Chapter 25 Heading Graphic
Both Leonardo da Vinci and Isaac Newton drew up designs for self-propelled vehicles, but neither actually built one. The first self-propelled “car” was built in 1769 by a French engineer and mechanic, Nicolas Joseph Cugnot. Really a three-wheeled tractor, Cugnot’s invention used a steam engine for power and barely managed a speed of 2½ miles per hour. Read the text aloud
A practical car requires a compact, lightweight, and reliable engine that can produce the equivalent power of a team of horses. This crucial technology came in 1876 when German engineer Nikolaus Otto invented the first practical internal combustion engine. True four-wheel automobiles arrived 10 years later when, in 1886, Gottlieb Daimler and Karl Benz independently created improved engines, cars, and companies to build them. The two inventor’s companies merged in 1924 to create Daimler-Benz AG, the forerunner of today’s Mercedes-Benz. Read the text aloud
Single piston engineAn internal combustion engine operates on a volume of gas/air mixture not much larger than a one liter soda bottle. The exploding mixture forces a piston down, turning the crank and spinning the engine. The larger the volume displaced by the piston as it moves, the more air and fuel can be burned per cycle, raising the engine’s power output. Otto’s first engine displaced 6 L but produced only 4 hp. Read the text aloud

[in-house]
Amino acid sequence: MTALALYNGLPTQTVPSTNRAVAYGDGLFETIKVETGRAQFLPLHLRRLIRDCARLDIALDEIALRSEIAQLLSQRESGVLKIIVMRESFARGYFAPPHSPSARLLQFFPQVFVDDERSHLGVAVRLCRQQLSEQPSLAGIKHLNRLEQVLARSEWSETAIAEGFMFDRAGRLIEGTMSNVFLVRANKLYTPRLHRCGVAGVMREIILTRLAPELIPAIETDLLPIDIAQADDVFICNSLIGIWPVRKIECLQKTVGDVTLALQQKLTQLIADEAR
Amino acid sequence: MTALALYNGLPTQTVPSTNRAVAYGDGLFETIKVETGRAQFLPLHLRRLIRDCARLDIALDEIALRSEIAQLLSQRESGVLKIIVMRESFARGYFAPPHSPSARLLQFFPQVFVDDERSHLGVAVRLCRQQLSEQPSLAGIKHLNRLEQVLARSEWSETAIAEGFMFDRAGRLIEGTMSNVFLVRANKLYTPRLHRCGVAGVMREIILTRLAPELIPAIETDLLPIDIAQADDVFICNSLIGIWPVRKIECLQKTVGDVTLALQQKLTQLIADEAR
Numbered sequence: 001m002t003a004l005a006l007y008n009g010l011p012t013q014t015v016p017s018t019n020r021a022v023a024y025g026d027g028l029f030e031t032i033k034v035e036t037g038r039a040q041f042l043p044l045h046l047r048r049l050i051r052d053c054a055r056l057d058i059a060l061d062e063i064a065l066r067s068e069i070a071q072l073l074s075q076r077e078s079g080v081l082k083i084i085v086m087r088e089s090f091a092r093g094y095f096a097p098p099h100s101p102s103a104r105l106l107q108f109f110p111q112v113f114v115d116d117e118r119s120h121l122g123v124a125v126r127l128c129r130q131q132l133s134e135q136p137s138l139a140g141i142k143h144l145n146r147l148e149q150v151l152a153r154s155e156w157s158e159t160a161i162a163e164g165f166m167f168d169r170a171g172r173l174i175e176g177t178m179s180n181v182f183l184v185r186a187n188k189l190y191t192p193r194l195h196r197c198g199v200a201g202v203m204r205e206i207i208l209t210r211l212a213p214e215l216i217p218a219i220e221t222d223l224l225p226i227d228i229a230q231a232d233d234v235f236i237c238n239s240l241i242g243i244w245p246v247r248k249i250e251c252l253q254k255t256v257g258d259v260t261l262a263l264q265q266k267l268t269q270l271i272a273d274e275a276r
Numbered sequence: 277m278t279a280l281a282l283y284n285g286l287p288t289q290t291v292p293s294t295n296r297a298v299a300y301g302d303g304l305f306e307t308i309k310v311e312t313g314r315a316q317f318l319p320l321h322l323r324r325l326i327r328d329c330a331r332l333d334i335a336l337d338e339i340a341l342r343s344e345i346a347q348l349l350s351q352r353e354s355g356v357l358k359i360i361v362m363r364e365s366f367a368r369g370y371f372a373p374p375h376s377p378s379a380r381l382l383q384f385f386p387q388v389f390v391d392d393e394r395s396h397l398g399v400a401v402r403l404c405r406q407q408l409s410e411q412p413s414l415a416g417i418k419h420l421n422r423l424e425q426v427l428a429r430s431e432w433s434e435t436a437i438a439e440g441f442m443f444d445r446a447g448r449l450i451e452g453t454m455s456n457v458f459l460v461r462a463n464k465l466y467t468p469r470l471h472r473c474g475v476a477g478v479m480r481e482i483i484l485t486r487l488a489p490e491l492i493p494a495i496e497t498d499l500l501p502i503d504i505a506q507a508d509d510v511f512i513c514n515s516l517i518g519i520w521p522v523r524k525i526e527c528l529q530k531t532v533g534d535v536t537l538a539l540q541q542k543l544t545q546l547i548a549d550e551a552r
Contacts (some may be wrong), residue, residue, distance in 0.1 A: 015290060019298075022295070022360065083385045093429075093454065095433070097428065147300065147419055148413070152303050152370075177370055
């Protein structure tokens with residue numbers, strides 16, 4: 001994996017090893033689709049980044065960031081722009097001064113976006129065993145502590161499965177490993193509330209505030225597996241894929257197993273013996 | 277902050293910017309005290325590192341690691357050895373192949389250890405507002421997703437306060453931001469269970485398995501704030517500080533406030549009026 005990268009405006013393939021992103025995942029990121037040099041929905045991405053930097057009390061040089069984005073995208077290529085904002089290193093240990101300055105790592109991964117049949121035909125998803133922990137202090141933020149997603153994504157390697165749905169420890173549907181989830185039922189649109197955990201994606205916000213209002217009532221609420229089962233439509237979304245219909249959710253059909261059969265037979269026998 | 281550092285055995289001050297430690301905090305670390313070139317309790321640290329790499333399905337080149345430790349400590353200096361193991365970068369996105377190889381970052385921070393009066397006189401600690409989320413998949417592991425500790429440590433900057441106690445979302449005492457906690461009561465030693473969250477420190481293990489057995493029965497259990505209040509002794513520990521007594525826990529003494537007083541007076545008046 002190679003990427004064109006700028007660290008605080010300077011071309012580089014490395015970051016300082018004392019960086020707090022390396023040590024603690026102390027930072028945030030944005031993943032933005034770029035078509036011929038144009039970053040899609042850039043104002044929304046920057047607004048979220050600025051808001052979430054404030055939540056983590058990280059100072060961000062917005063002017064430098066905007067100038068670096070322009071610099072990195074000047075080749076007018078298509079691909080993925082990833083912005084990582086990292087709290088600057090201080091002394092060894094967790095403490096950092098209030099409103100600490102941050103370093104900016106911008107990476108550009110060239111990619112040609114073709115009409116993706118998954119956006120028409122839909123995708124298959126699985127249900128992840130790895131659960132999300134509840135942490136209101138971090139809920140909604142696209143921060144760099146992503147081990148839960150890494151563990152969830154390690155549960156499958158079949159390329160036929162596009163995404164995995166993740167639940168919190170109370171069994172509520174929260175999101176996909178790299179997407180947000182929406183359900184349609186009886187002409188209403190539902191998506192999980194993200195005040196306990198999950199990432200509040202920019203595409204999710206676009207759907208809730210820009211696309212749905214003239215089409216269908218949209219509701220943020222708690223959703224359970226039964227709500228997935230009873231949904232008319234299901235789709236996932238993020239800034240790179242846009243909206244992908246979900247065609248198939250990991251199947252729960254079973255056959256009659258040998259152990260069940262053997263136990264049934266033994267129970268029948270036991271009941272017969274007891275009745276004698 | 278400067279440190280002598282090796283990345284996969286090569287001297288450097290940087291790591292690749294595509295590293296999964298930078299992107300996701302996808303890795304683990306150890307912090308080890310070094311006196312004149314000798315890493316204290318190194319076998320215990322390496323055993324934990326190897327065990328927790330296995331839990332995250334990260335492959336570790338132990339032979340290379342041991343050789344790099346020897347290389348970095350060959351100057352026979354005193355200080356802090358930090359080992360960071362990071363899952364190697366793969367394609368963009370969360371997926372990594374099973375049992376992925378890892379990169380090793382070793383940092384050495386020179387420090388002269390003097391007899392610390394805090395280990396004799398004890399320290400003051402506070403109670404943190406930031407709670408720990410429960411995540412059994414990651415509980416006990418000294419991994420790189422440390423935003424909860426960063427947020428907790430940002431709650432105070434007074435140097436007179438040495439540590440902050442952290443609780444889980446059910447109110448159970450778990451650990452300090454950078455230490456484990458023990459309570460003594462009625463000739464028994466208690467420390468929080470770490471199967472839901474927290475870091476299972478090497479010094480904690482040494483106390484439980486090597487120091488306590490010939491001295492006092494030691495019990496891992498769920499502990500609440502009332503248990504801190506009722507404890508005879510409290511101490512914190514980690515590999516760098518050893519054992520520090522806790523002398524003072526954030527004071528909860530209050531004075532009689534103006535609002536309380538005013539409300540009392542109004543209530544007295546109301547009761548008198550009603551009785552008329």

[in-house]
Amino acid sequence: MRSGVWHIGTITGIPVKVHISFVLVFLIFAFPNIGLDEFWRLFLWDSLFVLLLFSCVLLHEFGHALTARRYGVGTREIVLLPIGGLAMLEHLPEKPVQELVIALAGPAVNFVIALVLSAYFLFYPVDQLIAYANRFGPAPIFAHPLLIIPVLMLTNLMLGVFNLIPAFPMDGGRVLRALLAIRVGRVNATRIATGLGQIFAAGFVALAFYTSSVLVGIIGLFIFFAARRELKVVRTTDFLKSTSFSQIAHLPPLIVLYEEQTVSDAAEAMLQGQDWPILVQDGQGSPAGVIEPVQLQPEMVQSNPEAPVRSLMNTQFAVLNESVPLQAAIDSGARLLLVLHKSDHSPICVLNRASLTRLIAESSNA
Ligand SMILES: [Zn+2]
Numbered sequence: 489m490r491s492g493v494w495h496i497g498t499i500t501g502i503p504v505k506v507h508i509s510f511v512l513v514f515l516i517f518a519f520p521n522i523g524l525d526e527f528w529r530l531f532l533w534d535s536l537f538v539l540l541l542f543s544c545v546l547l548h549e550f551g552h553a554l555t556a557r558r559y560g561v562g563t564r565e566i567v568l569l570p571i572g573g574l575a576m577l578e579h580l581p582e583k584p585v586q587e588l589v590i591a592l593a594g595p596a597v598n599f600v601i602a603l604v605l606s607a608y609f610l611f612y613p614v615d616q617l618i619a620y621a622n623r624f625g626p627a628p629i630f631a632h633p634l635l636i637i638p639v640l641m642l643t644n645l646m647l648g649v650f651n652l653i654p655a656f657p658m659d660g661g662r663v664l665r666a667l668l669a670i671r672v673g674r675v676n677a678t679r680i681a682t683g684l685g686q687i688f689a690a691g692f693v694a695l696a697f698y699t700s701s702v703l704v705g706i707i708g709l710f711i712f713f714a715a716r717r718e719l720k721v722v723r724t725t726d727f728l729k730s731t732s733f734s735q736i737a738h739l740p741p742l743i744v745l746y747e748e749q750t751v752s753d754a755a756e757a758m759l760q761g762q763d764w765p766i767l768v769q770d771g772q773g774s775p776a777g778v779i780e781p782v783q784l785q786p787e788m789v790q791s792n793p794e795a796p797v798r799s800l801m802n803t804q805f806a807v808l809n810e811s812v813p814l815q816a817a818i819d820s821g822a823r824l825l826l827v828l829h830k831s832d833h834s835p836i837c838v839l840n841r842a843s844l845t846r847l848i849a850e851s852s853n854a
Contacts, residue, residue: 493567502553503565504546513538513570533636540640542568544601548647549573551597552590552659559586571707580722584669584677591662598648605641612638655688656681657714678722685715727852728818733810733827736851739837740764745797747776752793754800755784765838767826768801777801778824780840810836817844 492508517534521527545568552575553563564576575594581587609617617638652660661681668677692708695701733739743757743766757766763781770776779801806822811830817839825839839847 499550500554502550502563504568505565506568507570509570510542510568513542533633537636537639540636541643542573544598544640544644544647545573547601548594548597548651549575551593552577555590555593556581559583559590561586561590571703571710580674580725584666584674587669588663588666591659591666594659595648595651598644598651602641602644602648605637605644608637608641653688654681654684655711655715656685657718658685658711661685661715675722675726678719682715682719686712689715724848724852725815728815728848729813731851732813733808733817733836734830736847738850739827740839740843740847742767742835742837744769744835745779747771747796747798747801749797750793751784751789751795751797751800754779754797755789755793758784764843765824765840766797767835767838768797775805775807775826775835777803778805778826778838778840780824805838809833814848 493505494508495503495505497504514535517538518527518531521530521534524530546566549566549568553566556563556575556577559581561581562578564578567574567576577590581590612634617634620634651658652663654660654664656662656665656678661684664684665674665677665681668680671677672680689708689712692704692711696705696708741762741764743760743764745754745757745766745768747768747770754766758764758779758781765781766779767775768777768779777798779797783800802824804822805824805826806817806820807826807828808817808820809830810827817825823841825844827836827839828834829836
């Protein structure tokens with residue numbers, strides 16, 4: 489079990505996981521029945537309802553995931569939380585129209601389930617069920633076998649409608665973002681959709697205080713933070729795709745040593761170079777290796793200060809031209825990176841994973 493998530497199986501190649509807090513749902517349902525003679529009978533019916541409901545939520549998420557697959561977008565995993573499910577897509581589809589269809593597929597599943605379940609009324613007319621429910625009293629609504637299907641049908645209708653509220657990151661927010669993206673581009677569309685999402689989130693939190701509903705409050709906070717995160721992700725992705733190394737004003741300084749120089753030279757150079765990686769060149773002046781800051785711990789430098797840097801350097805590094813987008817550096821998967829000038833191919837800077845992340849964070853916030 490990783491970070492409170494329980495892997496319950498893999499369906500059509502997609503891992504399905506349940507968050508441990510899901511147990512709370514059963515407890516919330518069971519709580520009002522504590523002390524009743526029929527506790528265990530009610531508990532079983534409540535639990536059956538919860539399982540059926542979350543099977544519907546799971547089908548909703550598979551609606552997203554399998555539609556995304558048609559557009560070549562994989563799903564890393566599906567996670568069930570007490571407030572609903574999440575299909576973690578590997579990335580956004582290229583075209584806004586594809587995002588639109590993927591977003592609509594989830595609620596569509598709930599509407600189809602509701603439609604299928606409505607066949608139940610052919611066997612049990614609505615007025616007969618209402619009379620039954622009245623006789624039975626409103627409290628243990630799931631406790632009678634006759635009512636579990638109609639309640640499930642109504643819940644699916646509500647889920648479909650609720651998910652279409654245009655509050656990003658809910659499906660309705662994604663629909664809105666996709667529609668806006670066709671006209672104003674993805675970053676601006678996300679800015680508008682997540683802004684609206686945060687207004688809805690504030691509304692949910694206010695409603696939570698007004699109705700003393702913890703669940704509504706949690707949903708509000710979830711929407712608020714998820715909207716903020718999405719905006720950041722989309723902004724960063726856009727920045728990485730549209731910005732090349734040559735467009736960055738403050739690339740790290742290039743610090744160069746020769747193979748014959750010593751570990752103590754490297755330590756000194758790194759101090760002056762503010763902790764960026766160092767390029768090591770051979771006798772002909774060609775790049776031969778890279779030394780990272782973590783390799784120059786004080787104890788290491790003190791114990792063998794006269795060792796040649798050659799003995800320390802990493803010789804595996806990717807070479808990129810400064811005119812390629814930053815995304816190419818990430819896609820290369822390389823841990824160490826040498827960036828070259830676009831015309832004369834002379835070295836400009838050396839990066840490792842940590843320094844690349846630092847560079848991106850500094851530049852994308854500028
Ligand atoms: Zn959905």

Cross-section of the 1932 Flathead Ford V8 engineThe first high-performance V8 car engine was created by the Ford Motor Company in 1932. Called the flathead for its odd-shaped valve covers, Ford’s 1932 engine displaced 3.6 L and initially produced 65 hp. The engine was so successful that its variations appeared in Ford cars and trucks for the next 21 years. Flathead Ford engines are still highly sought-after by hot-rod enthusiasts today. Of course, the essence of all good technology is continuing innovation, and the internal combustion engine is no exception. The gasoline engine in the Ford Fusion hybrid generates 165 hp from only 2.5 L of displacement, making it 350% more efficient and able to drive 47 miles on one gallon of gas. The modern supercharged 5.8 L performance engine generates 650 hp, or 112 hp/L, a whopping 625% higher efficiency than was achieved in the 1932 Flathead. Read the text aloud

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